One last thought: if you have to guess on the final 5-6 questions, that's not going to destroy your chances for a 35+ on verbal. If you truly take care of business on the first ~30 questions, it would absolutely be possible for you to get into the mid-30s. Something in the 40s would almost certainly be out of reach, but the timing issues, by themselves, won't ruin your chances at a 35V.

Good luck on your exam, and sorry that I can't be more useful on this!


Hey GMATNinja thank you for replying on this. I got a V28 on my test. I am planning to retake in July. I have to concentrate on my reading skills, clearly that was the root of all my problems. Aiming to get a 40+ this time around.

Btw, I noticed a pattern on my GMATPrep mocks that questions from 30-36 were relatively easy, so wouldn't guessing on the last 5-6 easy questions tank my score?
GMAT Club Verbal Expert
User avatar
P
Status: GMAT and GRE tutor
Joined: 13 Aug 2009
Posts: 2557
Location: United States
GMAT 1: 780 Q51 V46
GMAT 2: 800 Q51 V51
GRE 1: Q170 V170
Re: GMAT Ninja SC Expert - Ask Me Anything about GMAT SC and Grammar  [#permalink]

Show Tags

New post 10 May 2019, 00:03
divyajeswani wrote:
GMATNinja wrote:
divyajeswani wrote:
Hi GMATNinja ,

I am stuck at V28 and my major issue is that I take approx. 2-3 mins on a difficult SC question (Your advice on CR and RC has really worked for me and really appreciate the videos you have put up on YouTube. They are truly GMAT gold). However, I have just 9 days left for my test, I have been following your advice from the youtube videos on SC but on my mocks I end up taking almost 2mins per SC question which leads to a time crunch in the second half of my test and I end up getting 5-6 incorrect in a row. What would you propose the best course of action would be now? Since the past 2 weeks I am solving all official questions for the second time and on an average I solve 20SC, 20CR and 2 RC passages a day. Should I continue this? What can I do more? I know I cannot magically improve to V40+, but I am targetting a V35.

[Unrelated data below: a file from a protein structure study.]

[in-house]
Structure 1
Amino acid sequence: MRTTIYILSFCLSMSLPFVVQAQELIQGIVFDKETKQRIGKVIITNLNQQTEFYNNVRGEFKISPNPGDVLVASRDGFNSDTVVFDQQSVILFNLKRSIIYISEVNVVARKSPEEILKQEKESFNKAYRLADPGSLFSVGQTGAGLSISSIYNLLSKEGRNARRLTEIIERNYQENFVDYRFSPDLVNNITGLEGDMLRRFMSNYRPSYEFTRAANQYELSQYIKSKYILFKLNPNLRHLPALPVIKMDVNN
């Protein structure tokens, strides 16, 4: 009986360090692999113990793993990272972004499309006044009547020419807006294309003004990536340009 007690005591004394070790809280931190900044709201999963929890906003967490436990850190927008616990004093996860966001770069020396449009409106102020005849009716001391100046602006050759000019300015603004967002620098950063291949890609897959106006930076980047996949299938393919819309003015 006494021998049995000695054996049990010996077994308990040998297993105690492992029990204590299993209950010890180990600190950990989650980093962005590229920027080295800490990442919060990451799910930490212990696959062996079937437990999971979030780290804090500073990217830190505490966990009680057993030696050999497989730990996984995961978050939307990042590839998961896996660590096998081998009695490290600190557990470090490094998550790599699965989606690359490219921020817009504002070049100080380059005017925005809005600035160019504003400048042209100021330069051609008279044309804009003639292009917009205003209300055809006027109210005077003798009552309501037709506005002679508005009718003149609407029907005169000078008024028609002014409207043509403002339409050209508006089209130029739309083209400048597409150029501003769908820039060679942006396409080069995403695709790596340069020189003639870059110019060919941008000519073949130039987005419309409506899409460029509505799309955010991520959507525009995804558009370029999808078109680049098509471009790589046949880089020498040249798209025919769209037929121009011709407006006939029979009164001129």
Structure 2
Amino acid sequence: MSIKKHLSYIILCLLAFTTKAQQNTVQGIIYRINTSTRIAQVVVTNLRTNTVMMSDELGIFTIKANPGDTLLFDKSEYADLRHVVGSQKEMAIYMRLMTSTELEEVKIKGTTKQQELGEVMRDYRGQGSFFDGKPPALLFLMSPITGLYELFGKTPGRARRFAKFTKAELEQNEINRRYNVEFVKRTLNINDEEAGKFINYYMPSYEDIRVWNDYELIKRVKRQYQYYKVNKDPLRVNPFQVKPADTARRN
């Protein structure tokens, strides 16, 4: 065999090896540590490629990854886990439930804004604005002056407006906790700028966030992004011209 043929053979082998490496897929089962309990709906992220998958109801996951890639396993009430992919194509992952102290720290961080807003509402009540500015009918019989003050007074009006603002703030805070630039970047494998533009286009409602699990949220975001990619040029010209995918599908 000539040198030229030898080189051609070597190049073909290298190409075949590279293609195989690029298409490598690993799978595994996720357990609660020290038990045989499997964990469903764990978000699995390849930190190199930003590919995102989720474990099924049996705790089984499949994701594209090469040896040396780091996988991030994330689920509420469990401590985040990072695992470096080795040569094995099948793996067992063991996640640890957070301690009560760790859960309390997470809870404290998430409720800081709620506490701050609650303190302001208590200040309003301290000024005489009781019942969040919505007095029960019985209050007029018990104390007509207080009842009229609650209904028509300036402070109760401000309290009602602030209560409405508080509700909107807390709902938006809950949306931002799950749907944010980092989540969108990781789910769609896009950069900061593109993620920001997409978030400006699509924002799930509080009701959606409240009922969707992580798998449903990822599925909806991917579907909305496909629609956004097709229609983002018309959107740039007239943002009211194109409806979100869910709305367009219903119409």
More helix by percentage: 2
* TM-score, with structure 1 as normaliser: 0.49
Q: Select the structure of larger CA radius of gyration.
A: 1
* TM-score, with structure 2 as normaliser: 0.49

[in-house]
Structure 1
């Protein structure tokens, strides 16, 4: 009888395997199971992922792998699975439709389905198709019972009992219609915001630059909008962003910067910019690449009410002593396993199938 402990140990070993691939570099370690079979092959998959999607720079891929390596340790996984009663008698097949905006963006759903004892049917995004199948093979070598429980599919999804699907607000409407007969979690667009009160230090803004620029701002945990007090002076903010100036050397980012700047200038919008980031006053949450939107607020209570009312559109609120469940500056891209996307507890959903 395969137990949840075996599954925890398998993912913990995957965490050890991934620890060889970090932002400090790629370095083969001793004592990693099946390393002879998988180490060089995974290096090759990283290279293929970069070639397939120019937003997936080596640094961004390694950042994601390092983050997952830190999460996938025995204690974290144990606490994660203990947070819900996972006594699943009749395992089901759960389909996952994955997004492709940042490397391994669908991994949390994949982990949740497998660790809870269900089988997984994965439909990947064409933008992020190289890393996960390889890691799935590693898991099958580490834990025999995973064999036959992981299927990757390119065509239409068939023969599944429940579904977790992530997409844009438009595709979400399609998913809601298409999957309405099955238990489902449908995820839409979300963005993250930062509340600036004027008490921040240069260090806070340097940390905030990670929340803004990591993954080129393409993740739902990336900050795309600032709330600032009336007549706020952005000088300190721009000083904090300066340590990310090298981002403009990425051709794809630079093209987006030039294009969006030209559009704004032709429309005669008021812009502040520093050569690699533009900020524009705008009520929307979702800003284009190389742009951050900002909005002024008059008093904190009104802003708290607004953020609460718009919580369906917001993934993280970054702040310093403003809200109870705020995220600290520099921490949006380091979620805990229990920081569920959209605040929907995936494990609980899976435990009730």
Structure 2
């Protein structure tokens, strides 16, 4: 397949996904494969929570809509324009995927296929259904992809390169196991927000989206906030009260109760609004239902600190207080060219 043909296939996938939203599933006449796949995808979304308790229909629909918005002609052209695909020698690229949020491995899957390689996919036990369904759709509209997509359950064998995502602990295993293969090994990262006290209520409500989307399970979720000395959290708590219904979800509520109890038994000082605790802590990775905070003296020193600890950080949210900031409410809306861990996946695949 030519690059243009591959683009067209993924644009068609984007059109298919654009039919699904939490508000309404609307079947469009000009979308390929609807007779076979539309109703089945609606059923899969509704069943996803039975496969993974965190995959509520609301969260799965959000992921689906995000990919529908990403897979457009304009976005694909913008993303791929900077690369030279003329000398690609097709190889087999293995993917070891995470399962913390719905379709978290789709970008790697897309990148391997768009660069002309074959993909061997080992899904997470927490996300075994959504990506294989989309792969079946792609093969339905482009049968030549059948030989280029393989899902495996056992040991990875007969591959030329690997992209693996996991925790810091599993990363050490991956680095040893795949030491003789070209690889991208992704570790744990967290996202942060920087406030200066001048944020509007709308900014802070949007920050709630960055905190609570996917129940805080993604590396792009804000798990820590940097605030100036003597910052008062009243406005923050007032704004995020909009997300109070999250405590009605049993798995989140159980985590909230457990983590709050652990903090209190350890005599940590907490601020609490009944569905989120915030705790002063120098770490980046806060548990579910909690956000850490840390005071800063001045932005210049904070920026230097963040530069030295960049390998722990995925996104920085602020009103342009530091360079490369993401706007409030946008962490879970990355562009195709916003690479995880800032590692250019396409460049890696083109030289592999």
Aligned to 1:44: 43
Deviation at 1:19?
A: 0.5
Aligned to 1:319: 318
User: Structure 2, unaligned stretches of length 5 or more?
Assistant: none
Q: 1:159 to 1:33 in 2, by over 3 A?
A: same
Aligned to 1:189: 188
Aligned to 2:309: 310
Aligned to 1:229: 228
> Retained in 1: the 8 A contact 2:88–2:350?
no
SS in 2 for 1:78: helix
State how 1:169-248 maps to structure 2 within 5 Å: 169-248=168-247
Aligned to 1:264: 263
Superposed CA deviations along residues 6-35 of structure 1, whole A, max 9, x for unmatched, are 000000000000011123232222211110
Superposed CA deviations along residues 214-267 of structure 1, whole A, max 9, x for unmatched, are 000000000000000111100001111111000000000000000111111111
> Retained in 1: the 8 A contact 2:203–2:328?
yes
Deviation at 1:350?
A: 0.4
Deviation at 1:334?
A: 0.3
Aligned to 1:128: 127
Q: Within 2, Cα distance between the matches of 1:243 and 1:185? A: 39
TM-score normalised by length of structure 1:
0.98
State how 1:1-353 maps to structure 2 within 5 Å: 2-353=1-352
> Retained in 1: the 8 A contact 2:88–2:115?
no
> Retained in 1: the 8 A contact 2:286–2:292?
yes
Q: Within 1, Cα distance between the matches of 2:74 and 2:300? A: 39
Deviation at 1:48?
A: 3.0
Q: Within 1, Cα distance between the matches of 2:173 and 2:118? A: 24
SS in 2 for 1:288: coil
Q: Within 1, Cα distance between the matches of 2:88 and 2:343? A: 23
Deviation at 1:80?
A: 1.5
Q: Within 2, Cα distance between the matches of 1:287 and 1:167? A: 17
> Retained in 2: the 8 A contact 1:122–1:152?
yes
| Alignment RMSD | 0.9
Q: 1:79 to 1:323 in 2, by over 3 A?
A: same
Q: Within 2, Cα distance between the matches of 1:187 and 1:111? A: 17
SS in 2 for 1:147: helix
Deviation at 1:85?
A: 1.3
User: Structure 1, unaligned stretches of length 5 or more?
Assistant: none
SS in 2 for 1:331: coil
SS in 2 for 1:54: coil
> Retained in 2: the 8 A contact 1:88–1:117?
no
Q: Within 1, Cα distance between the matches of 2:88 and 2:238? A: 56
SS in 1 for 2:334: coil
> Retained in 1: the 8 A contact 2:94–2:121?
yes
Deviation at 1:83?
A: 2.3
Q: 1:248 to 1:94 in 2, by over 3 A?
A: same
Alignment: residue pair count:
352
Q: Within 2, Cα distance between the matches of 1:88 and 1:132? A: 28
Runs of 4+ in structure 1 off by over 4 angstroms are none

Sorry that I'm probably too late to helpful on this, divyajeswani! I think your test is... tomorrow?

It doesn't sound like you're looking for one, but just to be safe: there's no quick fix for verbal timing problems. All you can do is learn to be as efficient as you can, and then when you run out of time, you have no choice but to guess your way through the rest of them. More on that in this crusty old post.

The only real solution is simply to get more efficient at everything, and that's not usually something that happens quickly. On SC, it's possible that you're slow to notice straightforward, obvious opportunities to eliminate answer choices. It's also possible that you're just not a very fast reader, and maybe it takes you too long to sift through the meaning issues in SC questions. In either case, there's probably no quick fix that will move the needle in just a week or two. (And again, I realize that you have only hours left, not weeks.)